Review: Lady Gaga at Scottrade Center
Lady Gaga reunited with her midwestern “Little Monsters” on Thursday November 16 th 2017 at the Scottrade Center for her “Joanne” Tour, dubbed after her newest album that was released last year.
The fans have been feening for Gaga’s return in her first solo trek since co headlining the “Cheek to Cheek” tour with Tony Bennett.
The entrances of the venue swarmed with lines extending around the building, but pre-show entertainment could be found from the fans dressed to impression in full monster mode theatrics, which deserved an applause of their own.
The decision of no opening act may have been a gift of generosity from Queen Gaga whom was possibly letting our minds rest in preparation of the cinematic, sensory overload she was about to deliver. The mania built for 10 minutes with the opening visual of a massive pink timer counting down to a two hour trip through Gaga’s rabbit hole, only “starting from inside the hole and making our way back out together” as Gaga stated in her typical twisted context.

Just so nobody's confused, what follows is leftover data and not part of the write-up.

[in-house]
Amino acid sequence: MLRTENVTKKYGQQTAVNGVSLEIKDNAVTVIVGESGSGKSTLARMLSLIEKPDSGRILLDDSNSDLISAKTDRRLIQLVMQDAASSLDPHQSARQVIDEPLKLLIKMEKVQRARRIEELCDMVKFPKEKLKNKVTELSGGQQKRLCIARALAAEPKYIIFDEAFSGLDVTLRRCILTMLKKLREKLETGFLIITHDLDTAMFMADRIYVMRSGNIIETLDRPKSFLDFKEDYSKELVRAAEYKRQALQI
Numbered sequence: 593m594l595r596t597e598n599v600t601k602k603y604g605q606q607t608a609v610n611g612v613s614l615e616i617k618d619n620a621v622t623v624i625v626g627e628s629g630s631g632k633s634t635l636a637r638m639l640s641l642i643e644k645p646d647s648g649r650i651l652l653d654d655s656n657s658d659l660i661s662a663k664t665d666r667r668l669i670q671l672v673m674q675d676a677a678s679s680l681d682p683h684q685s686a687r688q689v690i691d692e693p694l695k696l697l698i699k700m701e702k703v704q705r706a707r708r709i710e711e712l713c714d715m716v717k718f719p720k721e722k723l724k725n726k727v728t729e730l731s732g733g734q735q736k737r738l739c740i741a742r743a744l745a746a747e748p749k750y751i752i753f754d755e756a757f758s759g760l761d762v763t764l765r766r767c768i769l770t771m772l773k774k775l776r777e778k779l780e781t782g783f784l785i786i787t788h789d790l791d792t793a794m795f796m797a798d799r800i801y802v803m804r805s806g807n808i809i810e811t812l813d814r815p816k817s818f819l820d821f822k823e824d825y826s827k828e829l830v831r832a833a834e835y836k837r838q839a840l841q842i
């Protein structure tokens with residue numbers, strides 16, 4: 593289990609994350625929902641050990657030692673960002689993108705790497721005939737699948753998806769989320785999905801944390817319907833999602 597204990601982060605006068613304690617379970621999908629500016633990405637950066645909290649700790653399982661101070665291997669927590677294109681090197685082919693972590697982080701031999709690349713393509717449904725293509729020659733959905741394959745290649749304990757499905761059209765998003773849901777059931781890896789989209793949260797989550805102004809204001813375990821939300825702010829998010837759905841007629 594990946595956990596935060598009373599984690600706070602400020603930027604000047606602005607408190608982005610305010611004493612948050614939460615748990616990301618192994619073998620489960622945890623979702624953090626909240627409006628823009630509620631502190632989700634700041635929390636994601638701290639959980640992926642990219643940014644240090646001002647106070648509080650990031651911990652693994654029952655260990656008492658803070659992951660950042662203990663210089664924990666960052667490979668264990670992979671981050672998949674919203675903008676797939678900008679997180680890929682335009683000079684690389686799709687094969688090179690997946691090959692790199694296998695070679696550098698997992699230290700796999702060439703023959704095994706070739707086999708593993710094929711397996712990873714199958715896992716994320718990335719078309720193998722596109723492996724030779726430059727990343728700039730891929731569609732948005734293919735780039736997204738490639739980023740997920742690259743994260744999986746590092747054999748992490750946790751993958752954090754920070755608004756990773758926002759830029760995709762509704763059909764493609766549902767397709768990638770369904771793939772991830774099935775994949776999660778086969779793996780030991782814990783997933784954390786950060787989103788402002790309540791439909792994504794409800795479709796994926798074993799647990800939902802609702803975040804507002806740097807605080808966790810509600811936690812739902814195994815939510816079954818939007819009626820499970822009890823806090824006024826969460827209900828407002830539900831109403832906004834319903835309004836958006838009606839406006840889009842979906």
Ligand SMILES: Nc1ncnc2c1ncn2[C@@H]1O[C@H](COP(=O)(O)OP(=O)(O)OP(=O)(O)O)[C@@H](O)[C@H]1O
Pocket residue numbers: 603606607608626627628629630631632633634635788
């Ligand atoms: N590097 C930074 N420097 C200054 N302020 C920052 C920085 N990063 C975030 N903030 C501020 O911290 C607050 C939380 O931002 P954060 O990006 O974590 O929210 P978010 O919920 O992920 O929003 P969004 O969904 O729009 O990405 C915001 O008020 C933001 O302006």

The LED timer lifted to reveal a dreamlike fog surrounding a spotlit Gaga on a elevated platform, dressed in a rock and roll meets country distressed fringed black blazer and glittering cowboy hat, serenading us with the opening track off of “Joanne”- “Diamond Heart”.
The diamond heart reference is possibly a metaphor of reflection on her heart shaped diamond engagement ring she received from her ex fiancé. The band chimed in with guitars to pluck some country twang into “A-YO” and went straight into the iconic synergetic dance moves of “Poker Face”, and tantrum like movements belting out “Perfect Illusions” to evoke the frustration, yet power of emotional clarity with a pulsing beat.